Independent Day commemorates the Declaration of Independence of the United States, on July 4, 1776, and brings out the inner patriot in Americans. The day is usually celebrated with lots of red, white and blue, in honor of the American flag, and while they’re mostly seen in decorations or banners, we thought to focus the colors on something more sparkly.
So why not spice up your Fourth of July outfit with some red rubies, blue sapphires or opal jewelry. Coincidentally enough, rubies are also July’s birthstone.
The color of passion and desire, the word for ruby in Sanskrit is ratnaraj, or “king of precious stones.” In ancient Hinduism, some believed that those who offered rubies to the god Krishna could be reborn as emperors. Vogue explained, “Rubies were divided into four castes. The Brahmin, for example, granted the advantage of perfect safety. The stone is also mentioned at least four times in the Bible, usually as a representative of beauty and wisdom.”
Because of the stone’s likeness to the color of blood, many early cultures also believed that rubies contained the power of life. Ruby jewelry was favored by many royals, including Queen Elizabeth and the Duchess of Windsor Wallis Simpson. European royalty and the upper classes also thought rubies guaranteed good health, wealth, wisdom, and success in love.
Rubies were also favored by Elizabeth Taylor and are memorable for their iconic feature in the film “Pretty Woman,” when Julia Roberts’ character is given a dazzling ruby and diamond necklace from Richard Gere’s character.
Sapphire, the birthstone for September, is formed from the mineral species corundum.Corundum is composed only of aluminum and oxygen, and it needs a growth environment that’s silicon-free. It can be a pure blue — and that’s the most common color desired for sapphire — but ranges from greenish blue to violetish blue.
Sapphires come in at number 9 on the Mohs Hardness Scale, meaning that blue sapphire jewelry is pretty durable. While blue sapphires usually have some inclusions, they generally have better clarity than rubies. They’re sourced from a number of locations, including Madagascar, Tanzania, Sri Lanka, Myanmar and Australia.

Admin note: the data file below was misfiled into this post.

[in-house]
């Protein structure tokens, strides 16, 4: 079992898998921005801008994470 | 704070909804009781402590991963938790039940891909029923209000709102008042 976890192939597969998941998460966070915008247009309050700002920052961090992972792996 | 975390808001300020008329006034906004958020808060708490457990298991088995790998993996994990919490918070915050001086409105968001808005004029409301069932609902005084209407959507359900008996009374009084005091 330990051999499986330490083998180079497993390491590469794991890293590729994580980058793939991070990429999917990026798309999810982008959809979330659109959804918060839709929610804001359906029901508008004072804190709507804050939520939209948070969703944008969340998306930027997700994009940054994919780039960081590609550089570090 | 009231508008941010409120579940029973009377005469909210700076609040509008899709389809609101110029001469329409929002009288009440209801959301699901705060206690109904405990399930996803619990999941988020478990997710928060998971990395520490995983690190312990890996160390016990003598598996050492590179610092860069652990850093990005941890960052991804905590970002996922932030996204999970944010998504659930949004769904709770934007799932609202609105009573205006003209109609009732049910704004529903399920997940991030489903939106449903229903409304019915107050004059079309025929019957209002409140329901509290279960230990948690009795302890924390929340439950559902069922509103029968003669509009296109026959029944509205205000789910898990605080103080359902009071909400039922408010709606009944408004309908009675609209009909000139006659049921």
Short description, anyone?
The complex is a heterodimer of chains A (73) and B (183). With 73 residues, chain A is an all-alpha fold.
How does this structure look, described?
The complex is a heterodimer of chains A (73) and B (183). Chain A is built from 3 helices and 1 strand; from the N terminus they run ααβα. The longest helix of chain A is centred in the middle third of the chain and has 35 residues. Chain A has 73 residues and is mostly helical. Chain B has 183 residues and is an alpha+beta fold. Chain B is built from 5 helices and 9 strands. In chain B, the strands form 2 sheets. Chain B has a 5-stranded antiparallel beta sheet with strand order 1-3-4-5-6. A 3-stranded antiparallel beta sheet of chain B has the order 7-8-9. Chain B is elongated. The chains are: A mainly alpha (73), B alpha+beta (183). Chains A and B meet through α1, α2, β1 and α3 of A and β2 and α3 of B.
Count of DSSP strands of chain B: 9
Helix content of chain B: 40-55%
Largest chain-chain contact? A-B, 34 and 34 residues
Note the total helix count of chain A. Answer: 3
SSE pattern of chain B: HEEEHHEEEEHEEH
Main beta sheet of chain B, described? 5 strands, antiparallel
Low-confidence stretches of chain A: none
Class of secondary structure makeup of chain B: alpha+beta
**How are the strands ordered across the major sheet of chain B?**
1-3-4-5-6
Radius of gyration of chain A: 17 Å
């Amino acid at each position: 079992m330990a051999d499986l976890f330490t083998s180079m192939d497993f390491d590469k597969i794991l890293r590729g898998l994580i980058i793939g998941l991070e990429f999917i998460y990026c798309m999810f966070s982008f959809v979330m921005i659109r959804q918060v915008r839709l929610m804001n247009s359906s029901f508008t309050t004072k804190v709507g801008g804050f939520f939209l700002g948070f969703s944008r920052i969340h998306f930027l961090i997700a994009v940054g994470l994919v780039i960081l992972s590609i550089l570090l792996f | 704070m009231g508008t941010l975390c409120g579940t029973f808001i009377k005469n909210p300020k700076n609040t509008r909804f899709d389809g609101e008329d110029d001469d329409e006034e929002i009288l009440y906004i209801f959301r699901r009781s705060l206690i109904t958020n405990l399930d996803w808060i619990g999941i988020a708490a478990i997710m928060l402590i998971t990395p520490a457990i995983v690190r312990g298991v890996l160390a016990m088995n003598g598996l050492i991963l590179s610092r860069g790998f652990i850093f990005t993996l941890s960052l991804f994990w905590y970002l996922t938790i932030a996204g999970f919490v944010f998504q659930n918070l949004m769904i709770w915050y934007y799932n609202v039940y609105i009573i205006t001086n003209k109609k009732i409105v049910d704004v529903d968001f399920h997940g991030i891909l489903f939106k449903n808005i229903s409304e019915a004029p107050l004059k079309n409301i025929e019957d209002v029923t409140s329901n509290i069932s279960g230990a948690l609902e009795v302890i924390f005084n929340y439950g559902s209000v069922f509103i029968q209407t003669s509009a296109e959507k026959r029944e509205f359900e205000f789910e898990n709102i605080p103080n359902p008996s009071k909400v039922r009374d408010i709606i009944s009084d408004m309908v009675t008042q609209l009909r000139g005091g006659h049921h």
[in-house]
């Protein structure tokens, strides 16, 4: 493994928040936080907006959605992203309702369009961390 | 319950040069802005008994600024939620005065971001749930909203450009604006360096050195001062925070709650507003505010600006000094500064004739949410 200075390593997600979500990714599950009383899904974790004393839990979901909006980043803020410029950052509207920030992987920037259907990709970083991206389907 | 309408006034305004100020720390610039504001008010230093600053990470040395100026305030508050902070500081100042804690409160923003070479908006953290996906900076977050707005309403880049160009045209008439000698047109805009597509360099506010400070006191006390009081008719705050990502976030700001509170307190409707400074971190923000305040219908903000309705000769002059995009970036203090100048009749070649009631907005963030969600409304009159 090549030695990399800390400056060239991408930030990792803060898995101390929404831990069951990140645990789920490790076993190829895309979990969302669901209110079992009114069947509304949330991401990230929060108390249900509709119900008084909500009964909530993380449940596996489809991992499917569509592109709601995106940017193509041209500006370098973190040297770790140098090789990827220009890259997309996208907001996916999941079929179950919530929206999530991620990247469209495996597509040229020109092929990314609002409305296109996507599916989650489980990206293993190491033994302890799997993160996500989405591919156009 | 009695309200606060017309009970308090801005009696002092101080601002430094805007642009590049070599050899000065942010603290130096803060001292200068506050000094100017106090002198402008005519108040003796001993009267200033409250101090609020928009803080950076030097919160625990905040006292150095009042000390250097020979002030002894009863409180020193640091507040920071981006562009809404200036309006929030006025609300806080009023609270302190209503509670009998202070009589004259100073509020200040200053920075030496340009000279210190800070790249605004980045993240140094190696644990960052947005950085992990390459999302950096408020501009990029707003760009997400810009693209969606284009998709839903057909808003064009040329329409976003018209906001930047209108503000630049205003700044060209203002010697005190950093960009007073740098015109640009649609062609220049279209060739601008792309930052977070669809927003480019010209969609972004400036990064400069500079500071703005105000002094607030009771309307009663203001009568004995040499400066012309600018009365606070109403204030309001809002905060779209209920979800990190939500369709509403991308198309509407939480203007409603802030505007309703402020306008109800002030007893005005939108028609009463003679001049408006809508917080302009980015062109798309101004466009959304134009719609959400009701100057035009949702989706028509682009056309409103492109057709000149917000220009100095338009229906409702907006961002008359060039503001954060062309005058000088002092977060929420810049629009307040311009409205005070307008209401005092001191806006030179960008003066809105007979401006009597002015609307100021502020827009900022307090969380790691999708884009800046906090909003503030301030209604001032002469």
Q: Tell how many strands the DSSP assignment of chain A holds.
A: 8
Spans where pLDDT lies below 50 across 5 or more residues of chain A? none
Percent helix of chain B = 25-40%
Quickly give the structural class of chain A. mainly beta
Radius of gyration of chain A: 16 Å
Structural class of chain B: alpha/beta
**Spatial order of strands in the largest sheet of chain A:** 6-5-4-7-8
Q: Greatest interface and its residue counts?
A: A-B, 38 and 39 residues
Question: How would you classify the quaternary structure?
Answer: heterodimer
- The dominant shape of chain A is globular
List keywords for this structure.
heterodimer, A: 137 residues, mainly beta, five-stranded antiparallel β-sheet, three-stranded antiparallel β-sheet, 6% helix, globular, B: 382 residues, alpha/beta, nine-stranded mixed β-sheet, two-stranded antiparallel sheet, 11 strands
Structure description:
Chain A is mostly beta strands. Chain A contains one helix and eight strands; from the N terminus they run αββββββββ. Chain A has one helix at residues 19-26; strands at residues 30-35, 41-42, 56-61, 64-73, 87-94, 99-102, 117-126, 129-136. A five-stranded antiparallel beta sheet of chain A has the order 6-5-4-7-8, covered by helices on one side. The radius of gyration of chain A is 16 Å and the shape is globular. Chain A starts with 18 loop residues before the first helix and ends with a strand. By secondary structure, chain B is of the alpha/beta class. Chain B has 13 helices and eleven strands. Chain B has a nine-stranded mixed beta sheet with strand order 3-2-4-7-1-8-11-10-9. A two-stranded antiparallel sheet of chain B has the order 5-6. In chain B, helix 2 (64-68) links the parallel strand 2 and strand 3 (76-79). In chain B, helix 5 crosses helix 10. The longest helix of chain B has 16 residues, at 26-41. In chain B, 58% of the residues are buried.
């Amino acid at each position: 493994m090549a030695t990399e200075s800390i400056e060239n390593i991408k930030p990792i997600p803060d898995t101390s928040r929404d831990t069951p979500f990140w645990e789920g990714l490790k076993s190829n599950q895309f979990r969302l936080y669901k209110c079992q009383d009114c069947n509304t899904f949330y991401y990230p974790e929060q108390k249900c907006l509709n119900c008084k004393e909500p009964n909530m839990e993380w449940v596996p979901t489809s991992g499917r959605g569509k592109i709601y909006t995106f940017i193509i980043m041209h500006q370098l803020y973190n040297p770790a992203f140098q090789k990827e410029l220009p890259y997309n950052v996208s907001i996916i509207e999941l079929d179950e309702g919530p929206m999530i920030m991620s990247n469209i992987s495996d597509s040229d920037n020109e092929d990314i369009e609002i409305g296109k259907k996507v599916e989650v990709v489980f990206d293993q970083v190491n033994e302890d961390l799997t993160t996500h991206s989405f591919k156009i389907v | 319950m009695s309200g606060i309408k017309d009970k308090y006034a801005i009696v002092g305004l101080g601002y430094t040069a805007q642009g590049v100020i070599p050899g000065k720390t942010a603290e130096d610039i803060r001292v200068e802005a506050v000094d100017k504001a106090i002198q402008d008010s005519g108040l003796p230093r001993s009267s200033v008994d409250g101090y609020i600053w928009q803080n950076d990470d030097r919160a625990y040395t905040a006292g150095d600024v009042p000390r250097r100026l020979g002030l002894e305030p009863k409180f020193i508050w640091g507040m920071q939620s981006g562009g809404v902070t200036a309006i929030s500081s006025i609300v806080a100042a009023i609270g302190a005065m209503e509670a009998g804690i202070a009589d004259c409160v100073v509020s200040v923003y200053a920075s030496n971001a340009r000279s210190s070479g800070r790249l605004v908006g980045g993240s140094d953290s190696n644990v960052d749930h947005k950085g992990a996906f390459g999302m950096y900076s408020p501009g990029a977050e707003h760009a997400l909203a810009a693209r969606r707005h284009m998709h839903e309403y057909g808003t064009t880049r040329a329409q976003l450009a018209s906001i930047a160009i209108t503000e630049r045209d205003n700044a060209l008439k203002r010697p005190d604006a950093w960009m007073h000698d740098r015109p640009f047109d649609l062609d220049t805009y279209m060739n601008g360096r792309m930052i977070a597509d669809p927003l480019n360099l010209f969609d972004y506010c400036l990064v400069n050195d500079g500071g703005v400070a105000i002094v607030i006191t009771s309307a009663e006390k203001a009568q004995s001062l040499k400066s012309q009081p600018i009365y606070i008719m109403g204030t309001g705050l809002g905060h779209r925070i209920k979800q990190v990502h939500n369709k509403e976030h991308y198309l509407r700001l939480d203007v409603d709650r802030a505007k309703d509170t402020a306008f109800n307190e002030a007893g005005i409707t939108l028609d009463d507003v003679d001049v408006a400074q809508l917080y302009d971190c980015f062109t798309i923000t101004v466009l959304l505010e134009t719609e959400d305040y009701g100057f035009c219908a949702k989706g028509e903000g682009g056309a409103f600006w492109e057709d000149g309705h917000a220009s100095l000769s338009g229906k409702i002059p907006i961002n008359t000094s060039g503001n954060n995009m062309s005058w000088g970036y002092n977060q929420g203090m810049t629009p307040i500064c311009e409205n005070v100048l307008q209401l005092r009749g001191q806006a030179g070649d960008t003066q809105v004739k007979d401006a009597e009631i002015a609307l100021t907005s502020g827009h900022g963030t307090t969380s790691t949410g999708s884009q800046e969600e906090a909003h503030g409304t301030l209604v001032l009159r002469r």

They traditionally symbolize nobility, truth, sincerity, and faithfulness, according to the Gemological Institute of America. It has decorated the robes of royalty and clergy members for centuries and in 1981 Britain’s Prince Charles famously gave a blue sapphire engagement ring to Lady Diana Spencer, also known as Princess Diana, who died in 1997.
“In ancient Greece and Rome, kings and queens were convinced that blue sapphires protected their owners from envy and harm,” GIA said. “During the Middle Ages, the clergy wore blue sapphires to symbolize heaven, and ordinary folks thought the gem attracted heavenly blessings. In other times and places, people instilled sapphires with the power to guard chastity, make peace between enemies, influence spirits, and reveal the secrets of oracles.”
Because opal picks up the colors of other gems, the Romans thought it was the most precious and powerful gemstone. In ancient Rome it symbolized love and hope, and Europeans considered the gem to be a symbol of hope, purity, and truth.
Opal contains up to 20 percent of water that is trapped in its silica structure. On the Mohs Hardness Scale it’s a 5 to 6.5.
No two opals are alike because its numerous silica spheres form a variety of patterns and colors that are different in each stone.
In describing how opals are formed, GIA explained that the stone “is the product of seasonal rains that drenched dry ground in regions such as Australia’s semi-desert ‘outback.’ The showers soaked deep into ancient underground rock, carrying dissolved silica (a compound of silicon and oxygen) downward. During dry periods, much of the water evaporated, leaving solid deposits of silica in the cracks and between the layers of underground sedimentary rock. The silica deposits formed opal.”